Up to 1.5 million peer-reviewed articles are published annually. However, many are ignored even within scientific communities — 82 per cent of articles published in humanities are not even cited once. No one ever refers to 32 per cent of the peer-reviewed articles in the social and 27 per cent in the natural sciences. If a paper is cited, this does not imply it has actually been read. According to one estimate, only 20 per cent of papers cited have actually been read. We estimate that an average paper in a peer-reviewed journal is read completely by no more than 10 people. Hence, impacts of most peer-reviewed publications even within the scientific community are minuscule.
Those figures appear in The Straits Times article “Prof, no one is reading you” by Asit Biswas and Julian Kirchherr. The article notes the lack of impact that the typical article has, and encourages academics to publish in popular venues.
If academics want to have an impact on policymakers and practitioners, they must consider popular media, which has been ignored by them — although media firms have developed many innovative business models to help scholars reach out. One effective model is Project Syndicate (PS), a non-profit organisation, which distributes commentary by the world’s thought leaders to more than 500 newspapers comprising 300 million readers in 154 countries. Any commentary accepted by PS is automatically translated into 12 other languages and then distributed globally to the entire network.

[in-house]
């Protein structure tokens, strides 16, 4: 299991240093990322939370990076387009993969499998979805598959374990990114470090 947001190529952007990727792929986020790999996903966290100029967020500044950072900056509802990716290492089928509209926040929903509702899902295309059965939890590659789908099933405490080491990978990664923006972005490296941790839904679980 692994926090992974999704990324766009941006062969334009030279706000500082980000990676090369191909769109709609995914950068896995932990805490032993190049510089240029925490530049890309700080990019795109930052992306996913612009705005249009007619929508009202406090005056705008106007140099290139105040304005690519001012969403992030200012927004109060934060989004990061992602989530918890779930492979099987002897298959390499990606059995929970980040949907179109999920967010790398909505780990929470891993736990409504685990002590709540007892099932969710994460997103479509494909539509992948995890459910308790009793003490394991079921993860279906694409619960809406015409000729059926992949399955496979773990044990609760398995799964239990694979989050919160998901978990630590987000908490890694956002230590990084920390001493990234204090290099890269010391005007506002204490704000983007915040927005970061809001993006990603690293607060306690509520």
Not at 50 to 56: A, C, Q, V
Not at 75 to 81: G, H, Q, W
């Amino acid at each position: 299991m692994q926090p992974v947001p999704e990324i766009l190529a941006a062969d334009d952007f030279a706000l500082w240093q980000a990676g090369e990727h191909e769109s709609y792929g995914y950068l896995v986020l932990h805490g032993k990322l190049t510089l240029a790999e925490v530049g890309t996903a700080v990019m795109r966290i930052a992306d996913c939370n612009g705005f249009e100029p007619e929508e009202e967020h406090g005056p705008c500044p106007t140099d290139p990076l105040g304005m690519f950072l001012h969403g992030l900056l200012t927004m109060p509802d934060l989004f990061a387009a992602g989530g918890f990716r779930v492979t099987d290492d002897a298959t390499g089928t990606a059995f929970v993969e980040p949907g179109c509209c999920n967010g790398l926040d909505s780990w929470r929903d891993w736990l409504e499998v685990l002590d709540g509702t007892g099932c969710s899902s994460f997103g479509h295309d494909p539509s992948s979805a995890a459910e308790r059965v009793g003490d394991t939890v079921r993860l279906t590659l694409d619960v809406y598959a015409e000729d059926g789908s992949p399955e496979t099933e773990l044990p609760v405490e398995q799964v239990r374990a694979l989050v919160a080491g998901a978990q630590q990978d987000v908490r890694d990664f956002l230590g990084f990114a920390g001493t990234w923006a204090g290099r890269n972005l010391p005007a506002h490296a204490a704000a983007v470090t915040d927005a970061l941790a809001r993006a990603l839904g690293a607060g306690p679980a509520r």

The philosopher who appears to have written the most for Project Syndicate is Peter Singer, but there are others who have done so, including Michael Marder, Rebecca Newberger Goldstein, and Carl Elliott.
The authors of the Straits article recommend that op-eds and policy impact be included and given weight in assessing academic performance, where appropriate, presumably. They acknowledge that “scholars often frown upon publishing in the popular media” but they argue that attitudes need to change. See our recent discussion on this—Reputational Cost of Public Philosophy. (Also, recall the American Philosophical Association’s annual op-ed contest.)
Of course, not all scholarship—and certainly not all philosophical scholarship—has any practical import or policy value. But there are other outlets by which philosophers have reached the public—think of Philosophy Talk, Philosophy Bites, History of Philosophy Without Any Gaps, The Prindle Post, Very Bad Wizards, Wi-Phi, and so on (feel free to add others in the comments).
Perhaps also worth recalling, in light of the 82% uncited figure, is “Philosophers Don’t Read and Cite Enough,” a guest post here at Daily Nous by Marcus Arvan. And then there is the question of whether the public wants philosophy at all.